- Plans by Home Secretary mean visitors lose their cash if they overstay visa
- India, Pakistan, Nigeria, Ghana, Sri Lanka and Bangladesh to be targeted
- Pilot scheme will later be extended to cover work permits and student visas
Visitors to Britain from 'high risk' countries will have to put up a £3,000 bond under plans introduced by Home Secretary Theresa May
Tens of thousands of visitors from India, Pakistan, Bangladesh and Nigeria will be forced to pay a £3,000 bond to be allowed to enter Britain.
They will only get the money back once they leave the country in a bid to end abuse of the visa system.
Home Secretary Theresa May said the intention was to make the immigration system more ‘selective’ and deter people from ‘overstaying’ once their visitor visa has expired. In the long-term, she hopes to extend the Australian-style bond scheme to also include foreign workers and students.
The idea will be welcomed by backbench Tory MPs, who have been urging the government to take a tougher line on immigration to combat the threat of UKIP.
But it is likely to face legal challenges on the grounds that – because it targets only people from so-called ‘high risk’ countries – it is discriminatory.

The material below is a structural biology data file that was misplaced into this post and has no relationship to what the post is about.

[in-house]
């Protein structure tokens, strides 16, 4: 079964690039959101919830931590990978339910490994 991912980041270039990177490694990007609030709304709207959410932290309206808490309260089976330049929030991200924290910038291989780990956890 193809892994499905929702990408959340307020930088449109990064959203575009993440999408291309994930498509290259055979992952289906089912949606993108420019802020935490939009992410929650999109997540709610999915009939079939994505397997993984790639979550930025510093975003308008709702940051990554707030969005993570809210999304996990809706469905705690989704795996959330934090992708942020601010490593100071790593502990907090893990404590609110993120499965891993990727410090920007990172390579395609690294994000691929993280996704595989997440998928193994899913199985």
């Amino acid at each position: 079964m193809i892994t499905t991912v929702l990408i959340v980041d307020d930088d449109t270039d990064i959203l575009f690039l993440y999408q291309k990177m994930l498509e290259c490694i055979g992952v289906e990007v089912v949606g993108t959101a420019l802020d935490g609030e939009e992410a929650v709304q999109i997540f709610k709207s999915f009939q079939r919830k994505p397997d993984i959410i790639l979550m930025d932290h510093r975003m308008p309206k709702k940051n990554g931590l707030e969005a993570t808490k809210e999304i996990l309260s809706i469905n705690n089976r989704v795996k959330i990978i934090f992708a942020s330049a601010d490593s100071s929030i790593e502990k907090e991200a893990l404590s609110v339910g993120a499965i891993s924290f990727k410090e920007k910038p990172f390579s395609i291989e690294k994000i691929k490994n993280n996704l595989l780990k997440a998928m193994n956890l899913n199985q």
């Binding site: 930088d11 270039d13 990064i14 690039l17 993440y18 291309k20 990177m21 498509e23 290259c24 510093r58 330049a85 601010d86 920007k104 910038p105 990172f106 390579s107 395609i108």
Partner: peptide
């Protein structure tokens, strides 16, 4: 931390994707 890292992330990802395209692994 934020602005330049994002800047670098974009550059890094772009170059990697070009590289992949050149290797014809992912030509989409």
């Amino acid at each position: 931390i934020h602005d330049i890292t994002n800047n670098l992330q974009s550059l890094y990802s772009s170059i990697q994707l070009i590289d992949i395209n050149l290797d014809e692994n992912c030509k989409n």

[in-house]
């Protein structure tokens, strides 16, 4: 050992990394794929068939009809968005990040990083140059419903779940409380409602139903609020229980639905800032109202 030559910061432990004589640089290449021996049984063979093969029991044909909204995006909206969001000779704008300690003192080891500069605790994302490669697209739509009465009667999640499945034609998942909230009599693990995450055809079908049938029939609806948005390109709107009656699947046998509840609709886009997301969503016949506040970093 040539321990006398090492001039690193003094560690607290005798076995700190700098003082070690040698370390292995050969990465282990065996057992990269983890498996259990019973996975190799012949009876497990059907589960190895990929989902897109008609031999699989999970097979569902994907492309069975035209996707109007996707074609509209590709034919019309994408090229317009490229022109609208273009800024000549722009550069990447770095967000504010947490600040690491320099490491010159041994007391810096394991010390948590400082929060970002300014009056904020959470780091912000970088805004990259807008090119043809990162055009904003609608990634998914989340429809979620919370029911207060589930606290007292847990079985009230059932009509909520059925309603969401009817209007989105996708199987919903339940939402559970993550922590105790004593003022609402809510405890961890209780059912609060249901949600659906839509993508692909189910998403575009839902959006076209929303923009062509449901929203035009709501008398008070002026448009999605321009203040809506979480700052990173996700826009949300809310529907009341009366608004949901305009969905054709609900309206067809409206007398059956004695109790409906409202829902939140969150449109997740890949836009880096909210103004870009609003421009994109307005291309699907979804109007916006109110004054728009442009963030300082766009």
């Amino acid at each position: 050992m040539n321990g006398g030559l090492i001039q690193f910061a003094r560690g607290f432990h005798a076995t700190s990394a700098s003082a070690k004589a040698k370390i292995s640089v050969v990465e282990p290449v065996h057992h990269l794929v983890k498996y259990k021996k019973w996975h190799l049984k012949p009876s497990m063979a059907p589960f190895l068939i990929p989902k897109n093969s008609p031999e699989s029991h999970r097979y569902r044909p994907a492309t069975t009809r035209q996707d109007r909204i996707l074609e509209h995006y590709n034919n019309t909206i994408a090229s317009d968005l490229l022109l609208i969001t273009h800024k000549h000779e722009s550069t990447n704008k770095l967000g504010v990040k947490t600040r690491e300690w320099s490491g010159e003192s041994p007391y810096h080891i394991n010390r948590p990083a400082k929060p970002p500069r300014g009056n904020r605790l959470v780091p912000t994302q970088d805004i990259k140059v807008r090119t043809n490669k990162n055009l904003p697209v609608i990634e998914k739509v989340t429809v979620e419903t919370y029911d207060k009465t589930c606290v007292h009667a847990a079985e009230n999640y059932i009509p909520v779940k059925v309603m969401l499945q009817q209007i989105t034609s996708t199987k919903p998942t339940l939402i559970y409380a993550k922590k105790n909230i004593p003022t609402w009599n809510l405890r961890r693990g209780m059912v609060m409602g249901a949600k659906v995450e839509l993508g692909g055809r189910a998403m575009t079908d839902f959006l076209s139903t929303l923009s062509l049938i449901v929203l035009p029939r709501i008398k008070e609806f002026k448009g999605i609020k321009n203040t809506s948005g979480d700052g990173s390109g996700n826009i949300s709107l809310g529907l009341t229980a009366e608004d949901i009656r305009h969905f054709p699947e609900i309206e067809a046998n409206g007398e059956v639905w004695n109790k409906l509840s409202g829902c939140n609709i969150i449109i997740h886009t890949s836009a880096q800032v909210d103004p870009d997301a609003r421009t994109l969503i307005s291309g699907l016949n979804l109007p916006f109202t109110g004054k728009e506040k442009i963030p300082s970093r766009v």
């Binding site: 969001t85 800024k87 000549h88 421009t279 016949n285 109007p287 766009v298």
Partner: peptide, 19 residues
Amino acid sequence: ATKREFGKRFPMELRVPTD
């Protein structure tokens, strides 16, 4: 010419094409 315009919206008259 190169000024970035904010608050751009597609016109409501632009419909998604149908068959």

There are also fears it may lead to countries such as India making British tourists pay a similar bond.
The scheme will be piloted from November, for people from India, Pakistan, Bangladesh, Sri Lanka, Nigeria and Ghana. They are being targeted because of the high volume of visitor visa applications and relatively high levels of abuse.
Mrs May said: ‘In the long run we’re interested in a system of bonds that deters overstaying and recovers costs if a foreign national has used our public services.’
The £3,000 bonds are part of Mrs May's plans to bring annual net migration to under 100,000 by 2015
Immigration bonds have been repeatedly considered by ministers over the years, but have never been successfully introduced.
Labour abandoned its own plans for a £1,000 bond in 2008 amid an outcry from migrant rights groups.
They claim the policy is discriminatory as it does not apply to people from countries such as Australia, New Zealand and Canada. Keith Vaz, chairman of the Home Affairs Select Committee, said the idea was ‘unworkable’ and ‘impractical’.
Mr Vaz, an ex-Foreign Office minister, claimed it would not deter people from trying to stay on after their visas ended, and said the targeted countries would be ‘likely to retaliate’.
The policy has the backing of Lib Dem leader Nick Clegg. He suggested the introduction of bonds in March, though was proposing the level should be fixed at £1,000.
The move will require a change in the immigration rules but not a vote by MPs.